Resignation over town centre pay increases

A DIRECTOR for Weston’s Town Centre Partnership (TCP) has resigned his post after claiming that ‘outrageous’ salary demands were made by the town centre manager following the success of the town’s Business Improvement District (BID) application.

In his letter of resignation Nick Cooke, manager of the Sovereign Shopping Centre, said he was ‘very disappointed’ by town centre manager Steve Townsend’s application for a pay rise of nearly 30 per cent earlier this year and by the town centre team’s successful request for an annual three per cent pay rise for three years, made three years ago.

But Mr Townsend has defended himself and his team, saying the three per cent rise had only offset the fact that they had no pension scheme or overtime payments, while his own proposed pay increase would only have put him in the same bracket as other BID managers across the country.

The BID scheme, which will fund improvements to the town centre through levy payments from town centre traders, was voted through by business owners earlier this year.

Although Mr Townsend made the application for the pay increase after the BID was voted through, it was rejected by scheme members.

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The letter, addressed from Mr Cooke to TCP chairman John Brentnall, says of the three per cent increases: “I have never known of a situation where the employees make up their own pay awards and I very much suspect that had such actions come to light in most organisations they would have led to an investigation and possible employee disciplinary action.”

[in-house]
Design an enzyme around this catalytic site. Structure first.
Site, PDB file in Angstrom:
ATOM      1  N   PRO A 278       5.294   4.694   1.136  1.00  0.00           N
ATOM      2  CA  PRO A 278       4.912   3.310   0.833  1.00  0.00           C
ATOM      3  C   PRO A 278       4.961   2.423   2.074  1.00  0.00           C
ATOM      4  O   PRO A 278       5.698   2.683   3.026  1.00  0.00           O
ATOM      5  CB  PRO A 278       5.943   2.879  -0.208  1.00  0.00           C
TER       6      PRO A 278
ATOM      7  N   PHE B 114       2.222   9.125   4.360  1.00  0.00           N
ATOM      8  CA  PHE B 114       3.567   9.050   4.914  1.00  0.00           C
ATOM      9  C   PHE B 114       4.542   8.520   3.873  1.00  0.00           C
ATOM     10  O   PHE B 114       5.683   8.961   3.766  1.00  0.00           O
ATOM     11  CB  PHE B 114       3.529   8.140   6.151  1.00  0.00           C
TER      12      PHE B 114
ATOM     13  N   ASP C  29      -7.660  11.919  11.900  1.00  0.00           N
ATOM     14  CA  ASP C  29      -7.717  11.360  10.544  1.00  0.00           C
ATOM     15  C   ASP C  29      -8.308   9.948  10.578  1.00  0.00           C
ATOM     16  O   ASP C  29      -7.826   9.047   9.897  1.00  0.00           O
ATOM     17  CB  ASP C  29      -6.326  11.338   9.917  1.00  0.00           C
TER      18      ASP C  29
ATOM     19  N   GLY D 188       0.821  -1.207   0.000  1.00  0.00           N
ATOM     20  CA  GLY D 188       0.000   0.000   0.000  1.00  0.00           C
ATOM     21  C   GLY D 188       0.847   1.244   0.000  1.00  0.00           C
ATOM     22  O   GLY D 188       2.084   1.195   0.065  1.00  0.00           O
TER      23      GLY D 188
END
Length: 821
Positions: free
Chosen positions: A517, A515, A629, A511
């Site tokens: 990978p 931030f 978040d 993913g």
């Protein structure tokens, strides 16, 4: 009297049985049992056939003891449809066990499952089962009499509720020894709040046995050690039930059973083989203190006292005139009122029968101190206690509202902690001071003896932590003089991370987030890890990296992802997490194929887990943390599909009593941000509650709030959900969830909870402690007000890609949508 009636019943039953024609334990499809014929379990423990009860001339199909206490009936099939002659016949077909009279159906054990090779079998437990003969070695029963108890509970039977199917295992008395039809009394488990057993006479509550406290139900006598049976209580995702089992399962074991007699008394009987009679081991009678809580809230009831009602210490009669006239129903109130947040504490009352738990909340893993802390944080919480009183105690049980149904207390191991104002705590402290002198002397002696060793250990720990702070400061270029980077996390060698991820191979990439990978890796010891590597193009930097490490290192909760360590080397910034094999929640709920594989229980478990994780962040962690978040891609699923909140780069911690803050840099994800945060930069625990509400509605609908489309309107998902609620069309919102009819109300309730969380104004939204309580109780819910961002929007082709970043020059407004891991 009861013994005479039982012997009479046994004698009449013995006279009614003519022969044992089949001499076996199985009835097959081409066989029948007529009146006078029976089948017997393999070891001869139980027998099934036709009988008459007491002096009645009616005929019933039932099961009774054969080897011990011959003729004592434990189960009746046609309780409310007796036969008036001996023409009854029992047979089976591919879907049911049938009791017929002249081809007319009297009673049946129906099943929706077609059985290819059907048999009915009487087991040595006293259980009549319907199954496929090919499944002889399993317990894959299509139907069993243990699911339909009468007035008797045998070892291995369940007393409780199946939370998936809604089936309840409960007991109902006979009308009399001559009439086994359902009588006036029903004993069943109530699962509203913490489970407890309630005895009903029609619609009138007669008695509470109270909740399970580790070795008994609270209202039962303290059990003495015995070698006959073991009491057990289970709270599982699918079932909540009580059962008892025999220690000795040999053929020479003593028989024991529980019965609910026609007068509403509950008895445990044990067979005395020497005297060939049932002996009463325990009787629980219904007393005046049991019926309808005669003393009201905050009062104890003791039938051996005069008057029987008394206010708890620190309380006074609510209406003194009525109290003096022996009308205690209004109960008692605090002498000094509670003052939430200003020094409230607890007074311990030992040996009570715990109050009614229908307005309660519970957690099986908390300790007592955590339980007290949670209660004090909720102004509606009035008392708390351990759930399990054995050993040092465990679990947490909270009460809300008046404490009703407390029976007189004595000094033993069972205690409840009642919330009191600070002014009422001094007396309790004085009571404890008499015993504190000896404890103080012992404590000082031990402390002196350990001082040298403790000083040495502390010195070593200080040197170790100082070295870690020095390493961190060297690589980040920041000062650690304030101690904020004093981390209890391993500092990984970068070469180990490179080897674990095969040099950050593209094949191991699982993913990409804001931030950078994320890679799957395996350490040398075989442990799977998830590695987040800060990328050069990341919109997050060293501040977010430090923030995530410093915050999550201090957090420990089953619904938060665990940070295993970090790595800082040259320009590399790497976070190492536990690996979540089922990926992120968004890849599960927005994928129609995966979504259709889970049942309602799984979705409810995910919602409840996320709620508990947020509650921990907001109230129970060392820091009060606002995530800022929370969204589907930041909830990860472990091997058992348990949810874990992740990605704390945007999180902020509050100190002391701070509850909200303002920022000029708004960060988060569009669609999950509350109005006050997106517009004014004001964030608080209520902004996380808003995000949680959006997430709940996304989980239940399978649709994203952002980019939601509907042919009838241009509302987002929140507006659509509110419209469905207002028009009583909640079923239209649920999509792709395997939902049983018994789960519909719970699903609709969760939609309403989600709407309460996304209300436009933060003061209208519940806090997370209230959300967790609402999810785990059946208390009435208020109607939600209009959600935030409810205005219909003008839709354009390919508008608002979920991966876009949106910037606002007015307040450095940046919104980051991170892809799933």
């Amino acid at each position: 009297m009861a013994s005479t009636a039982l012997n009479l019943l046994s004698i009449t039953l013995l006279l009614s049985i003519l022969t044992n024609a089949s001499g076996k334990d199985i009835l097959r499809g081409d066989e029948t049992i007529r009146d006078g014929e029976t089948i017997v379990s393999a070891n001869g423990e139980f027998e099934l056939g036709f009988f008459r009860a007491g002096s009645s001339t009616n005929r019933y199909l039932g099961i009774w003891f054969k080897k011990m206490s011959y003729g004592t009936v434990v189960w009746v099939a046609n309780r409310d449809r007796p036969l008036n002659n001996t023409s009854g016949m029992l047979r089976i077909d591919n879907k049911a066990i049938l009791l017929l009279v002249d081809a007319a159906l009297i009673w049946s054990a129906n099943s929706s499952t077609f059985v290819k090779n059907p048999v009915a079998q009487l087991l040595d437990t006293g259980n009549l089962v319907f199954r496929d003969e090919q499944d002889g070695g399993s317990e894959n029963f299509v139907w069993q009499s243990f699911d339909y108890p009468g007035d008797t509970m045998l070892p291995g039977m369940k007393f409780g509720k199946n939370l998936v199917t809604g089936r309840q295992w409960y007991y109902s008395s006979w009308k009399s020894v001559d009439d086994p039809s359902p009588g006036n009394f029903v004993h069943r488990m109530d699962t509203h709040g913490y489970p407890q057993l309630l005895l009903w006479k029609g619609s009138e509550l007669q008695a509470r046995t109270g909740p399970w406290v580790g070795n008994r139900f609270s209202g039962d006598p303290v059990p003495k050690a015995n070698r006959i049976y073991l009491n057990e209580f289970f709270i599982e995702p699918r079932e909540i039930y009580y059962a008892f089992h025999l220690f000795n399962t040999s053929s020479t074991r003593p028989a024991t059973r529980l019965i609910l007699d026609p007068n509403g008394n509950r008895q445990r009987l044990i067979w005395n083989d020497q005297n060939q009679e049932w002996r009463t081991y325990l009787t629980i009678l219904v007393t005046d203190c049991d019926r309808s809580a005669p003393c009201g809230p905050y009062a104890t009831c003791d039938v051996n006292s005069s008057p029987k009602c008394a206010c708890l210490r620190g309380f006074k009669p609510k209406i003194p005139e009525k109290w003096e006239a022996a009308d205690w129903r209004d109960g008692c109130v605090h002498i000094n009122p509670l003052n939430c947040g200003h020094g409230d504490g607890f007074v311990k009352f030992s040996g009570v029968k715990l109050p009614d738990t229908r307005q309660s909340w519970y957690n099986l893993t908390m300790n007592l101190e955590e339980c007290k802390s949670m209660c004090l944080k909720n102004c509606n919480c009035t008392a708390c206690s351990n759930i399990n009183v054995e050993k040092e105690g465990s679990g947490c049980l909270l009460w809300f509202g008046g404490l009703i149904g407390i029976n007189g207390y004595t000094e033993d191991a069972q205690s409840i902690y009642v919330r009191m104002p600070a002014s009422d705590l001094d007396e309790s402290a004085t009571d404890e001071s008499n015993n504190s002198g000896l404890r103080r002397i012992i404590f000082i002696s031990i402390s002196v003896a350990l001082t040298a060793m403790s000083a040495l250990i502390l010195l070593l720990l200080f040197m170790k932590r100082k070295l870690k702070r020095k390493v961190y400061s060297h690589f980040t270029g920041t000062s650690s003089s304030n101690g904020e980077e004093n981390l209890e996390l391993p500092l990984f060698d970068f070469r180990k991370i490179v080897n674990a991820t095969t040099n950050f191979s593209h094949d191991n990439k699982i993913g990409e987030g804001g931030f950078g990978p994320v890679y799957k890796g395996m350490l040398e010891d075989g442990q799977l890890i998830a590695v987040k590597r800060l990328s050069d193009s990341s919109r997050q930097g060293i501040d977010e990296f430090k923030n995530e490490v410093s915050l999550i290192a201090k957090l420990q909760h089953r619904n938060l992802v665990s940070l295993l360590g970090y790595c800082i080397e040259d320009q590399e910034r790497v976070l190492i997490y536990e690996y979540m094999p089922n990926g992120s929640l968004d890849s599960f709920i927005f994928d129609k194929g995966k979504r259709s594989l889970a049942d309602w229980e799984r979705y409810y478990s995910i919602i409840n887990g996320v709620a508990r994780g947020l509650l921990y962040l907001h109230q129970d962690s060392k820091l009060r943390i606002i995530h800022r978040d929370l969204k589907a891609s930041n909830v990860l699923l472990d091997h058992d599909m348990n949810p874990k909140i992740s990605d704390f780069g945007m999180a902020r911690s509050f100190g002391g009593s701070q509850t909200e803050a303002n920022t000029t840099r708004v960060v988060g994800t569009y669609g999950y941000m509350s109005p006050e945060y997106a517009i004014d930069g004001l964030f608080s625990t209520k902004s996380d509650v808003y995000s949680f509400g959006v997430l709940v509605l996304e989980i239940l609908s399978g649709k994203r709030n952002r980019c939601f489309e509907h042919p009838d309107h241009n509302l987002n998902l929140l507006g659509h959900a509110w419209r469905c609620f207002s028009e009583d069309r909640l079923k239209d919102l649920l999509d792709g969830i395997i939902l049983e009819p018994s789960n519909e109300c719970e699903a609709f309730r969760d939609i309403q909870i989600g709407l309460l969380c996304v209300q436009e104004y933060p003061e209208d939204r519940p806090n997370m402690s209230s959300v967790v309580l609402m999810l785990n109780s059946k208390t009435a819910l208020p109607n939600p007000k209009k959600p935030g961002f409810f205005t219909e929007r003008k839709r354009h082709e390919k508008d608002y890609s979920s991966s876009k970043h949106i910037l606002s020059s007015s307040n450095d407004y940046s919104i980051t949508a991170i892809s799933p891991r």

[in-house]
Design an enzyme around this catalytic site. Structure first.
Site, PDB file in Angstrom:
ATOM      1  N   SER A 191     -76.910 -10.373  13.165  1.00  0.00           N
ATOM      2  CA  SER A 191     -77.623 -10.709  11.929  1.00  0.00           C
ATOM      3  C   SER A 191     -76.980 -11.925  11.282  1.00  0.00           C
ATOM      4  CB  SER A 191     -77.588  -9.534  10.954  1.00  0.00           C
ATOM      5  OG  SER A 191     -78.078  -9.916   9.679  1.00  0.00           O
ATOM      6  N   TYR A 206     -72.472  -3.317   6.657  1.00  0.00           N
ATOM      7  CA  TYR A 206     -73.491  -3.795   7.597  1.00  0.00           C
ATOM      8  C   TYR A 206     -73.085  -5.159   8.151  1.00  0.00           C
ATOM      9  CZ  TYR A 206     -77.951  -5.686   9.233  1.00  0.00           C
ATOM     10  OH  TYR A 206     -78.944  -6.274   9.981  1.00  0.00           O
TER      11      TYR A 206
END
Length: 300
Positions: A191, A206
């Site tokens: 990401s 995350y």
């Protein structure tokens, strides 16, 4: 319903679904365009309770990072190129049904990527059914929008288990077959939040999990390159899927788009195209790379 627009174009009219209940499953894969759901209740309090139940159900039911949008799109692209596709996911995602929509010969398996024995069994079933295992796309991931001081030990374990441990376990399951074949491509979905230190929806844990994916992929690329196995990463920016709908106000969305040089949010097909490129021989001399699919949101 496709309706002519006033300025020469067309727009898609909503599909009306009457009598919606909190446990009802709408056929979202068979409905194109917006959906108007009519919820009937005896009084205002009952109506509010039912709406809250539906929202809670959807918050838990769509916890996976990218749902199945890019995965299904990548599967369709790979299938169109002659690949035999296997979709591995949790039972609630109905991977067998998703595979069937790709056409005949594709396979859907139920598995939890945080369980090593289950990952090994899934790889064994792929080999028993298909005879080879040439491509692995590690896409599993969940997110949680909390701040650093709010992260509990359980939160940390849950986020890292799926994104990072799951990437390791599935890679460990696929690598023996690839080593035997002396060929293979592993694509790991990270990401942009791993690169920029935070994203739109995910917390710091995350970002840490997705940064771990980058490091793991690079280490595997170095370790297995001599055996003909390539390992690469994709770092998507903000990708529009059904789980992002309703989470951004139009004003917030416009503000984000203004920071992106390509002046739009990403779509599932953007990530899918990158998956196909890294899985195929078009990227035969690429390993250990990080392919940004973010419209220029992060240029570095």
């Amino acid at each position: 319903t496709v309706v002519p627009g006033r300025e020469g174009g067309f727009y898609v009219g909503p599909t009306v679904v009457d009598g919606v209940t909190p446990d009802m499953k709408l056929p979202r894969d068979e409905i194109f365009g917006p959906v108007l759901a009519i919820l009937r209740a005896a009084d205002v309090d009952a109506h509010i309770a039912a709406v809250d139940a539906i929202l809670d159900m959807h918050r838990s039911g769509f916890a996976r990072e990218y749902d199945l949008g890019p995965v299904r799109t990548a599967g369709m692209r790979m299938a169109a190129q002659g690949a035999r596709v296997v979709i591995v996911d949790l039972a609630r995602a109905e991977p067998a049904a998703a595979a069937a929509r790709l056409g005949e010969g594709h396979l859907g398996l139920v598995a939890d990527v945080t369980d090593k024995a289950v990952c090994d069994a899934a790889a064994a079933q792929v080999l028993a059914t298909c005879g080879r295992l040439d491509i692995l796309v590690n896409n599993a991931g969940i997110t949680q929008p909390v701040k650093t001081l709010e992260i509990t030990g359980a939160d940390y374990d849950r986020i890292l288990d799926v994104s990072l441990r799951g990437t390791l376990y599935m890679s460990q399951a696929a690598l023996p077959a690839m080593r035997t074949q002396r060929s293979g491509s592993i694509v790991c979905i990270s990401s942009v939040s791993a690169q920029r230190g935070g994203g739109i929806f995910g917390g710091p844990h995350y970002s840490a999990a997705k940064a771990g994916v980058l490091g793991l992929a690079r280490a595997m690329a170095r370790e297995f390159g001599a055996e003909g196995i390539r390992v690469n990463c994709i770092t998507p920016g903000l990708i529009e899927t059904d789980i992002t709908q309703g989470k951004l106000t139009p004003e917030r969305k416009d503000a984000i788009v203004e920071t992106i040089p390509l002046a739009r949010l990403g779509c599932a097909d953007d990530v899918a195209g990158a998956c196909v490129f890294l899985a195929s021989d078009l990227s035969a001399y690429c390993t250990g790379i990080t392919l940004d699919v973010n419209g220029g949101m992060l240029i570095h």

The letter continues: “I believe that the apparent underhanded way in which the pay increases have been enacted and the outrageous recent salary demands both bring into question the integrity of those involved and suggests that they are so out of touch with the prevailing economic realities in which the TCP operates and the businesses they are engaged by.”

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Mr Townsend has reacted to the claims in the letter, saying that the three per cent increase was decided three years ago as part of a proposal put forward by former Weston Town Council clerk Linda Larter.

He said the proposal had been put forward as the team had no pension scheme or overtime, and claimed that Mr Cooke had been part of the board of directors that then approved the proposal.

He said the BID scheme’s consultant, Lucy Ball, had recommended his own pay increase as scheme managers in other towns had also seen their salaries increased as the rise reflected their extra responsibilities.

Mr Townsend said: “In comparison with other BID schemes, Weston offers good value.

“We don’t do this job for the money, we do it because we care about Weston.”

Mr Cooke and Mr Brentnall both declined to comment.

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